Sunday

21st Apr 2019

Brexit putting Irish peace at risk, former leaders say

  • Border checks would symbolise return to pre-1998 times (Photo: henrikjon)

Post-Brexit hard borders could undermine the past 20 years of peace in Ireland, architects of the Good Friday Agreement have warned.

Tony Blair and Bertie Ahern, the former British and Irish leaders, spoke out on the 20th anniversary of the accord, which ended decades of sectarian violence on 10 April 1998.

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  • "There never will be a border", Ahern said (Photo: Council of the European Union)

An open border between Ireland and Northern Ireland was key to the peace deal, "but when Brexit comes, the EU's external border will be there," Blair told the Irish Times newspaper.

The Irish border issue was the "most acute" Brexit problem, he said.

"I don't see how the problem can be solved unless Northern Ireland remains in the customs union and the internal market," Blair said, even though Britain has ruled out those two options.

Ahern told British broadcaster the BBC that people would revolt against a hard border.

"There never will be a border. There is not going to be a physical border across Ireland because if you tried to put it there you wouldn't have to wait for terrorism to take it down, people would just physically pull it down - the ordinary people," he said.

Bill Clinton, the US leader 20 years ago, also spoke out on the Good Friday anniversary.

An ongoing dispute over power-sharing between loyalists and republicans in Northern Ireland showed the fragility of the peace process, he said at an event at University College Dublin on Monday (9 April).

"The whole thing [could] … fall apart and you will go back into the hell people have forgotten of the Troubles," he said.

Clinton urged all sides to make "whatever compromises have to be made to minimise the damage of Brexit".

Hillary Clinton, the former US first lady and secretary of state, also said in an op-ed in The Guardian, a British newspaper, on Tuesday that "we cannot allow Brexit to undermine the peace that people voted, fought, and even died for."

"Reinstating the border would be an enormous setback," she said.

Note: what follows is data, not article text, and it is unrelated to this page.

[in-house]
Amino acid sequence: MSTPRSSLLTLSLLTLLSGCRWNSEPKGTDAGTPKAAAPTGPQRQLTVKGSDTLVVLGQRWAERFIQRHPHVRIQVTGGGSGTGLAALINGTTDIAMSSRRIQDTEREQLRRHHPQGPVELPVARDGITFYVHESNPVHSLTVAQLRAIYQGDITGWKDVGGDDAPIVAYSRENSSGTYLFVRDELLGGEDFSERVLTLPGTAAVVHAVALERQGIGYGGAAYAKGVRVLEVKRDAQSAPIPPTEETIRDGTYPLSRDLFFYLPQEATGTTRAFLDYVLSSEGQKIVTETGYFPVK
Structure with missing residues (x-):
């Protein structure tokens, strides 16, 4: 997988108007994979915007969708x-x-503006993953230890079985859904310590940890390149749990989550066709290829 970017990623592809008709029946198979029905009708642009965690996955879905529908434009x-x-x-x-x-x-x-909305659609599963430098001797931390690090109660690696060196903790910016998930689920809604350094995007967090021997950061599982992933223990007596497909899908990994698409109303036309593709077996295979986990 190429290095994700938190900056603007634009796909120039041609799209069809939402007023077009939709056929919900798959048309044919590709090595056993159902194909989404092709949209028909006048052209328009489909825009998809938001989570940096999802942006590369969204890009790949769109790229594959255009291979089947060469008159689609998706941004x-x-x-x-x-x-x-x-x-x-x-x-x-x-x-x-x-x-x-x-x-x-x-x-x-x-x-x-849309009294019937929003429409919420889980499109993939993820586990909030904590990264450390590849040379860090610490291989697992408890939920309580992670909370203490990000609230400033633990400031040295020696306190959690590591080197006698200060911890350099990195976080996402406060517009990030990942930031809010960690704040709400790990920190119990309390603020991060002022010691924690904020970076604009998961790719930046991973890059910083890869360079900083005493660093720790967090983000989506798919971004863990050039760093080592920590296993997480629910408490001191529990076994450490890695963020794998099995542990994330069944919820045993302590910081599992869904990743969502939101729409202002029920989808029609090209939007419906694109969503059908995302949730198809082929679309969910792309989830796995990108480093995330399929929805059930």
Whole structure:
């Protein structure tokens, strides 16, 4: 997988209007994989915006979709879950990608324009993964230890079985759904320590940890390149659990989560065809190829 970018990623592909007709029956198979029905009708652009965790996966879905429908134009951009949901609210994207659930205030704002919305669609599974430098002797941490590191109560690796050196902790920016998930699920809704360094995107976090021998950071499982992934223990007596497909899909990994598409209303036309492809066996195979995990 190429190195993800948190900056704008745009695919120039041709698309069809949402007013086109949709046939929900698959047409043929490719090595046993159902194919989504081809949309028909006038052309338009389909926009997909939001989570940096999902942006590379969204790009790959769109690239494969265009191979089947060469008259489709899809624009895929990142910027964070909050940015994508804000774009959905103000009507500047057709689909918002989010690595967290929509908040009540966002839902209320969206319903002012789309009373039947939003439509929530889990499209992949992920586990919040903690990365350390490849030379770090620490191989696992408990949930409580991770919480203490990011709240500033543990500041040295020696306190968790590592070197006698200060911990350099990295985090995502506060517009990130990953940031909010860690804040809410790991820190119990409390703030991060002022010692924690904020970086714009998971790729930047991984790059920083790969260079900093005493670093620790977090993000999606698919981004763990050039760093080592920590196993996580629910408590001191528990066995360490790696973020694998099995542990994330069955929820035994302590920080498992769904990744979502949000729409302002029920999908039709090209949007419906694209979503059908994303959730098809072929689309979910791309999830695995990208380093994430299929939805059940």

Cyber border

Britain's solution is to keep open the almost 300 roads that connect Ireland and Northern Ireland, but to impose a "virtual" or "cyber border" for goods and ID checks after Britain and Northern Ireland left the EU.

If the UK was "unable to develop and realise a satisfactory cyber alternative" then "the whole island of Ireland" would have to "remain in regulatory alignment with the EU" to prevent a hard border, Phil Hogan, Ireland's EU commissioner, noted at an event in Ireland's EU embassy in Brussels on Monday.

"Since the Good Friday agreement in 1998, the role of this border in the day-to-day life of our citizens has diminished remarkably," Hogan said.

"But 20 years is a short time and the role of the border in our history, our attitudes, and, yes, our politics is still vivid - it's like the touch-paper of a firework," he added.

The commissioner indicated that talks on a future UK-EU free trade agreement would be adversarial in nature.

Third country

"The EU must … see the negotiation on the free trade agreement for what it is - a trade negotiation with a third country in which both parties will be trying to do the best for their citizens," he said.

Ahern voiced regret about Brexit more broadly speaking.

"It is difficult to believe that any country would wish to engage in a policy of divergence from their neighbourhood countries - particularly from 27 neighbouring countries. But that's the way it is," he said.

The feeling was echoed by Blair, who noted that Brexit was the first time in 45 years, since the UK and Ireland joined the EU in 1973, that the two countries were going separate ways.

"The symmetry of relations between Ireland, the United Kingdom and the EU will be shattered by Brexit," he said.

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